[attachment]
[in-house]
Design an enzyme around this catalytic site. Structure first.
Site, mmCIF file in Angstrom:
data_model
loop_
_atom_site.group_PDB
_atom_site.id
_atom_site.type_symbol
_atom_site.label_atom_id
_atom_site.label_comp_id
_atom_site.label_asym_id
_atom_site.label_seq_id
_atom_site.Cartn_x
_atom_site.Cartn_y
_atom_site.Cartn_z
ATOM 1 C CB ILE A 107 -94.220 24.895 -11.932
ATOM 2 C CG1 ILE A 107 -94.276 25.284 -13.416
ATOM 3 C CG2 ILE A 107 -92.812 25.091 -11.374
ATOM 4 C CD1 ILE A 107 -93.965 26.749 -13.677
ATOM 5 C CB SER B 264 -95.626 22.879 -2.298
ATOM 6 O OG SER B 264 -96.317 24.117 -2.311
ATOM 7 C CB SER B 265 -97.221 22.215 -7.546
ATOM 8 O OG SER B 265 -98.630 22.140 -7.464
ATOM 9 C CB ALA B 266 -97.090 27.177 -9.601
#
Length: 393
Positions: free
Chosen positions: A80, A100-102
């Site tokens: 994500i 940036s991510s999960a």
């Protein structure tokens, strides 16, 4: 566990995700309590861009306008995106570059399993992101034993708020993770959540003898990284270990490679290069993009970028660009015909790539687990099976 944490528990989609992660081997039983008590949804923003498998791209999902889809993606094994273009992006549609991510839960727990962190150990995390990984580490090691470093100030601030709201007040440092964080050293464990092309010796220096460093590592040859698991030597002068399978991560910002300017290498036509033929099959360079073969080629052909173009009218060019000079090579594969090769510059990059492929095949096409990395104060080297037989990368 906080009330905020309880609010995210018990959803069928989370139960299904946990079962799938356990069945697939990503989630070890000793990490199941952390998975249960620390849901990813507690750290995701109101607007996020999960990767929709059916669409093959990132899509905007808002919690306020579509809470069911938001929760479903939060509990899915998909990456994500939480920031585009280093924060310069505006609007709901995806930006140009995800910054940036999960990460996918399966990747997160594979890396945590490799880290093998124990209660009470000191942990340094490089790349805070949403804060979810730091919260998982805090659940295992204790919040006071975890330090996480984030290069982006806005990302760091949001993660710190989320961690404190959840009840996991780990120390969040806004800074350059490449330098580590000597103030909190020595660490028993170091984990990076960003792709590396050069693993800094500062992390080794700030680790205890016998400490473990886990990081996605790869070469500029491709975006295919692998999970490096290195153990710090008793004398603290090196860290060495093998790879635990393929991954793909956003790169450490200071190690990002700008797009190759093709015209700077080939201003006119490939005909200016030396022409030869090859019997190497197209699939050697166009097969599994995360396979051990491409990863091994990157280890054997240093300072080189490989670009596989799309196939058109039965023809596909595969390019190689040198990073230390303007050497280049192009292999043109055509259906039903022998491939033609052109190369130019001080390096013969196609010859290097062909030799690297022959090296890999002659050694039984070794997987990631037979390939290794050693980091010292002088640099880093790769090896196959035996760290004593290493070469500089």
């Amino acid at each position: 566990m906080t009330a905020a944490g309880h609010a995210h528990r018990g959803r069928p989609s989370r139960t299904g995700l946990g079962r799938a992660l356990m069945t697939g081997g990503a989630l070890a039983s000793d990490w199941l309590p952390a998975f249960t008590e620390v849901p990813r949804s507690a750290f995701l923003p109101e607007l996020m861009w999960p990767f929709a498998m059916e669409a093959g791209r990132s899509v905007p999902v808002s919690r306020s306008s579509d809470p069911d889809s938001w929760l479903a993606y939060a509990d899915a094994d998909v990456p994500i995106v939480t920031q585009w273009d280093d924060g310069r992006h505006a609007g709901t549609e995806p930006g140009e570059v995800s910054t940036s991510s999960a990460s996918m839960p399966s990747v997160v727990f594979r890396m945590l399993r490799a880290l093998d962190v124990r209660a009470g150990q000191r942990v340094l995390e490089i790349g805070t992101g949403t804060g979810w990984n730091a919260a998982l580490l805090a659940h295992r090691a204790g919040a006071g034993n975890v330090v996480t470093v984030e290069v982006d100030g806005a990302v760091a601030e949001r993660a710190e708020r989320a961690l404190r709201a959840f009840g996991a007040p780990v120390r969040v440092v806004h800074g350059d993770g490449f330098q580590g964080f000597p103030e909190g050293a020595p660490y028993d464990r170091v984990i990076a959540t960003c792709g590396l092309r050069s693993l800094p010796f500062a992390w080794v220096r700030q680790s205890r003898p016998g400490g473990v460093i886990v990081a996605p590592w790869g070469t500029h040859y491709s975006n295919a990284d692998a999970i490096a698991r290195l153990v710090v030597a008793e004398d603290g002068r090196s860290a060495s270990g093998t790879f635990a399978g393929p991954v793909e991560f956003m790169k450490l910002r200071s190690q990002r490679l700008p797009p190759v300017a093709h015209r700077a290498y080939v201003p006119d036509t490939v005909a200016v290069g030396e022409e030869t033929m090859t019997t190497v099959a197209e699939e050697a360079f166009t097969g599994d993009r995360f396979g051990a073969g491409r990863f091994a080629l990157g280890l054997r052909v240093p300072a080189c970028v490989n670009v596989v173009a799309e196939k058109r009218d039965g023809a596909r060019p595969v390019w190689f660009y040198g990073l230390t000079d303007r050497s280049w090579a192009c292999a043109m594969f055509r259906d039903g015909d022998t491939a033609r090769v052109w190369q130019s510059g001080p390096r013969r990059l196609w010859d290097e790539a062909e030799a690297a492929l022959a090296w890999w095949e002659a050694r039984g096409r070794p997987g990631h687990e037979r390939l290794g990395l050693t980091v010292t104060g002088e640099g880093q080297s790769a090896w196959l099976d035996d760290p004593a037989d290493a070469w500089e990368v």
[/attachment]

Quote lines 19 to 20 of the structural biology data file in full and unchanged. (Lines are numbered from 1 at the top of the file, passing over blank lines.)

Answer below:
ATOM 4 C CD1 ILE A 107 -93.965 26.749 -13.677
ATOM 5 C CB SER B 264 -95.626 22.879 -2.298